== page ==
Oregon city considers deer cull
With deer taking over neighborhoods and parks, the Baker City council in Oregon is considering a deer cull but still has a few hoops to jump through before that proposal can be finalized. This week, council members met to talk about the idea and brought in Oregon Department of Fish and Wildlife (ODFW) State Biologist Brian Ratliff “to discuss the deer situation and the city’s potential options,” the Baker City Herald reports.
While the deer complaints range from the possibility of attracting cougars or other predators to the area, vehicle collisions and the spread of disease, City Manager Fred Warner Jr. says that most residents are concerned about overabundant deer destroying flowers, shrubs, and trees. The council’s decision to bring up the possible deer cull follows the passage of Senate Bill 373 (SB 373), which the Oregon Legislature passed last July. SB 373 “requires the state Fish and Wildlife Commission to start a pilot program, by Jan. 1, 2019, designed to allow cities to reduce their deer populations by applying to the state for permits allowing the city to kill deer and, when possible, donate the venison to local charities,” according to the Baker City Herald. However, before cities can apply for these permits, they must have already passed a city ordinance that “prohibits residents from intentionally feeding deer” and another ordinance confirming that deer numbers are high enough to be considered a “public nuisance.”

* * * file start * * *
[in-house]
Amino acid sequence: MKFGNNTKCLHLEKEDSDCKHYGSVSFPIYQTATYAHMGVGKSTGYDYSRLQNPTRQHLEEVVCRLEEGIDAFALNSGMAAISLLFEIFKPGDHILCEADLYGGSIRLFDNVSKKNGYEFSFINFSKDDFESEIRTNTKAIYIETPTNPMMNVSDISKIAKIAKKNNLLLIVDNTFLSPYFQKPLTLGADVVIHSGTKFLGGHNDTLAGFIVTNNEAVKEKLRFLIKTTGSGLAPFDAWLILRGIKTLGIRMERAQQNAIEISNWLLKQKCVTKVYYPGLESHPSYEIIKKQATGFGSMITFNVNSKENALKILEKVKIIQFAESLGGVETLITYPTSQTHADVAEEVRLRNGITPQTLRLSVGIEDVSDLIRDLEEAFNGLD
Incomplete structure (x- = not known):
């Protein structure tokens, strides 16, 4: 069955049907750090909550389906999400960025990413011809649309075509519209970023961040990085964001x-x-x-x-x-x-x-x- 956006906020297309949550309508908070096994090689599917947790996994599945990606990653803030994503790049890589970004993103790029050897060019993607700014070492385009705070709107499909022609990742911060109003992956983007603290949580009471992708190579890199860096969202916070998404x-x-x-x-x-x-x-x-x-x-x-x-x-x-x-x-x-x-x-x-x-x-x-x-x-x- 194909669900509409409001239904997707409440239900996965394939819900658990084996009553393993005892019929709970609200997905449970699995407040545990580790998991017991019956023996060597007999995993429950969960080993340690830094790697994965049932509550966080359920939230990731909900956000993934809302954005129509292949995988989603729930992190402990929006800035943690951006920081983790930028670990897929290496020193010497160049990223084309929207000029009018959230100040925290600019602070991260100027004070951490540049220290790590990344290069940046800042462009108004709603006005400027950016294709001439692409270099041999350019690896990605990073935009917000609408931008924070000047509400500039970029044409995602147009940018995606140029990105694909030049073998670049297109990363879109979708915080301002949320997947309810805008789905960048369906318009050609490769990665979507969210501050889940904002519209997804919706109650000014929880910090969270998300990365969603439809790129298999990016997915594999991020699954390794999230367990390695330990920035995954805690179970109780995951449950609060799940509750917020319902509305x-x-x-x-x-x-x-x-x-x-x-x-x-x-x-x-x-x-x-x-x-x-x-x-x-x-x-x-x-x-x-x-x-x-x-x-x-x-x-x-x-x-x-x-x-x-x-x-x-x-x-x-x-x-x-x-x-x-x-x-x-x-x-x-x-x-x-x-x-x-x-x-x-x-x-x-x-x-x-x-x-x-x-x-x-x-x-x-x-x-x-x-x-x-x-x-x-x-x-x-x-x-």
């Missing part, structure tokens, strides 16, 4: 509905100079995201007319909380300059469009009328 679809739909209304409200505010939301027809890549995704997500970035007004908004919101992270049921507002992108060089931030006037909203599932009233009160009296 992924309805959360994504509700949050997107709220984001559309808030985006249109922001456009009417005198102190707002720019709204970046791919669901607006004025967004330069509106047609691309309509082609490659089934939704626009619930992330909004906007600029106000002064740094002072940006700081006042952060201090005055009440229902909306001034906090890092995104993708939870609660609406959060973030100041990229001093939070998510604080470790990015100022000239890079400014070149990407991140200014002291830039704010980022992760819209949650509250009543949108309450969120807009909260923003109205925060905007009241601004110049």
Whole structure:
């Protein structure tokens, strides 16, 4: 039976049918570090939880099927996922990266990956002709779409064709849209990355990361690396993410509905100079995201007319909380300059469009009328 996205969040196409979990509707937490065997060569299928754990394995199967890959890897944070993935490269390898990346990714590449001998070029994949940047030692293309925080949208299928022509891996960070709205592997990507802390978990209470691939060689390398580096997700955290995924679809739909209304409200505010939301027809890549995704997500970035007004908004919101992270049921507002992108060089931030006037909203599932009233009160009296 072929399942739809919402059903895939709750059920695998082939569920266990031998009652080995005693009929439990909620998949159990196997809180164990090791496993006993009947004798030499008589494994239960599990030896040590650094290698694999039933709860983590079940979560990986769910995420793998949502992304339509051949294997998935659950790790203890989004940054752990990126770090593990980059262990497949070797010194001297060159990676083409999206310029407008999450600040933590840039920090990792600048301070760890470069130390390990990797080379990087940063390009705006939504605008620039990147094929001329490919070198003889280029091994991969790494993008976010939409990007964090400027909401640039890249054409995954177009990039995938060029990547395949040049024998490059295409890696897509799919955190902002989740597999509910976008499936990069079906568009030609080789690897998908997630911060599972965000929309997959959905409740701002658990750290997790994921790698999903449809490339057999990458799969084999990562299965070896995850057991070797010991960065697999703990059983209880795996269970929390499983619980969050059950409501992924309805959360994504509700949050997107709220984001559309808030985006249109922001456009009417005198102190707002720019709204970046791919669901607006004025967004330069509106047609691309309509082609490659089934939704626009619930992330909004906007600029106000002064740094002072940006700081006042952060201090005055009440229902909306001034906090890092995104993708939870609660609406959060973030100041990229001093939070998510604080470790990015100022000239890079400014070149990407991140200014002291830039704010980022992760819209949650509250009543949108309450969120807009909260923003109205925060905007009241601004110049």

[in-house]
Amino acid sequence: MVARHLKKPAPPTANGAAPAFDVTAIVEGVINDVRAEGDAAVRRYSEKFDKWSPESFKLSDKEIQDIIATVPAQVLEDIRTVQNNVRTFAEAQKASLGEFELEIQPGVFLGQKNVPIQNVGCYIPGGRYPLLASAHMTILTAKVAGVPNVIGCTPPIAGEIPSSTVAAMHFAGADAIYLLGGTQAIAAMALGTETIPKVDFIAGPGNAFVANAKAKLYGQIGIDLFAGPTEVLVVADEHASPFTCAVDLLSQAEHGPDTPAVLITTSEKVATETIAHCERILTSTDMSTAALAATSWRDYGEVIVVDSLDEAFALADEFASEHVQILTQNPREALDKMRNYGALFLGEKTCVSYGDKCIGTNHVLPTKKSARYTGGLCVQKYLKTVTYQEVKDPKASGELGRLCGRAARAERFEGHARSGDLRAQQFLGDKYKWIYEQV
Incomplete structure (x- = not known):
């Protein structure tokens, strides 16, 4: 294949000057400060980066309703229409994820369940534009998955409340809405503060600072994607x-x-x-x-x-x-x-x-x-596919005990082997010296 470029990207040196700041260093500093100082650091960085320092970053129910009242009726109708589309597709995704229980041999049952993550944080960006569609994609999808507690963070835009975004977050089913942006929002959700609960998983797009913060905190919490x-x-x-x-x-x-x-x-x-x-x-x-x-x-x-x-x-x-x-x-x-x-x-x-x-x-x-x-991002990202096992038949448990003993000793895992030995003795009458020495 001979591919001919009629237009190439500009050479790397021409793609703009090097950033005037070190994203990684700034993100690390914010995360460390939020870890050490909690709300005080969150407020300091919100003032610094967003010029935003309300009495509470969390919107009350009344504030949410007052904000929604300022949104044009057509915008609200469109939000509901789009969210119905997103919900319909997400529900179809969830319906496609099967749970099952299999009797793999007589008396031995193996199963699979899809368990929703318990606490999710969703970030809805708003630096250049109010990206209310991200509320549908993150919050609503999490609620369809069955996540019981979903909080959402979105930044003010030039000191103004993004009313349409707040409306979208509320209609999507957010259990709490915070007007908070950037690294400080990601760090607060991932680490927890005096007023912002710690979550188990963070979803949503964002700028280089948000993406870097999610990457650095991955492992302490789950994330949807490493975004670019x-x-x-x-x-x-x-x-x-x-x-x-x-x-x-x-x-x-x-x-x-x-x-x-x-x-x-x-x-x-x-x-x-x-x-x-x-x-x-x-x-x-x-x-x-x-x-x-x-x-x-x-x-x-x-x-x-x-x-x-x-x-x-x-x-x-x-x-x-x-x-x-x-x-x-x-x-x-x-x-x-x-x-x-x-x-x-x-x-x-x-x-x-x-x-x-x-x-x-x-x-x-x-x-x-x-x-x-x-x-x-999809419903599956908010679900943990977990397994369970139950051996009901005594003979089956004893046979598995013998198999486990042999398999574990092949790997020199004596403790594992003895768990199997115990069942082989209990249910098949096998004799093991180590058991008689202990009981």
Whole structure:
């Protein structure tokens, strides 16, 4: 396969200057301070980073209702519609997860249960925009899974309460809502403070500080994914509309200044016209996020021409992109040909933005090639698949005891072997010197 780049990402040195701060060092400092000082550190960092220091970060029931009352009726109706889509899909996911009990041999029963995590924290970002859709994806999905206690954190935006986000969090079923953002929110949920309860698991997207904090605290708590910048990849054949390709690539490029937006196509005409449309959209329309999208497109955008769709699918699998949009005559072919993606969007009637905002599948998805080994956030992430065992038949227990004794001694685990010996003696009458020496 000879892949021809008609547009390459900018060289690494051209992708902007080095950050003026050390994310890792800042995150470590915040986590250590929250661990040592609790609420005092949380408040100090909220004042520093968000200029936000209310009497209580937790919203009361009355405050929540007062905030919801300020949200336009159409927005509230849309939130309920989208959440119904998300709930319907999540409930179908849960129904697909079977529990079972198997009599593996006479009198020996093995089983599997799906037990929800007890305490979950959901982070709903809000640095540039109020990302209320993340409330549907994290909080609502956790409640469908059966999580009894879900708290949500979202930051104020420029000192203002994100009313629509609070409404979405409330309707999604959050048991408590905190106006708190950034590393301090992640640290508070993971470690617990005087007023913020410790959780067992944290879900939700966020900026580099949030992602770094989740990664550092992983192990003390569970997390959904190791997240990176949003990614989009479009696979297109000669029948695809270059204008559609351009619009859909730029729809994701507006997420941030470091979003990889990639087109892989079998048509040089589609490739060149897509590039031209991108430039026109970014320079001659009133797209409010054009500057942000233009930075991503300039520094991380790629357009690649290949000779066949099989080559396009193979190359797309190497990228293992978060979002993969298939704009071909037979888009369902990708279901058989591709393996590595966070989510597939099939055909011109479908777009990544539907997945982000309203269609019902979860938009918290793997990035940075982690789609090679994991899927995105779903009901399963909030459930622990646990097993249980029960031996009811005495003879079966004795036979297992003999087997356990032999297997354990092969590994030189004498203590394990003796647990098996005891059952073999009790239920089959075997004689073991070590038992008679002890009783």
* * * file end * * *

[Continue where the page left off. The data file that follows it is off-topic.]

Baker City has not drafted either of these ordinances yet. If the city does, it can move forward with proposing a cull. The proposal would then need to go through a public comment period and, if eventually approved, still require ODFW to authorize the kill method proposed for residential safety. In other words, moving forward with a deer cull will take quite a while.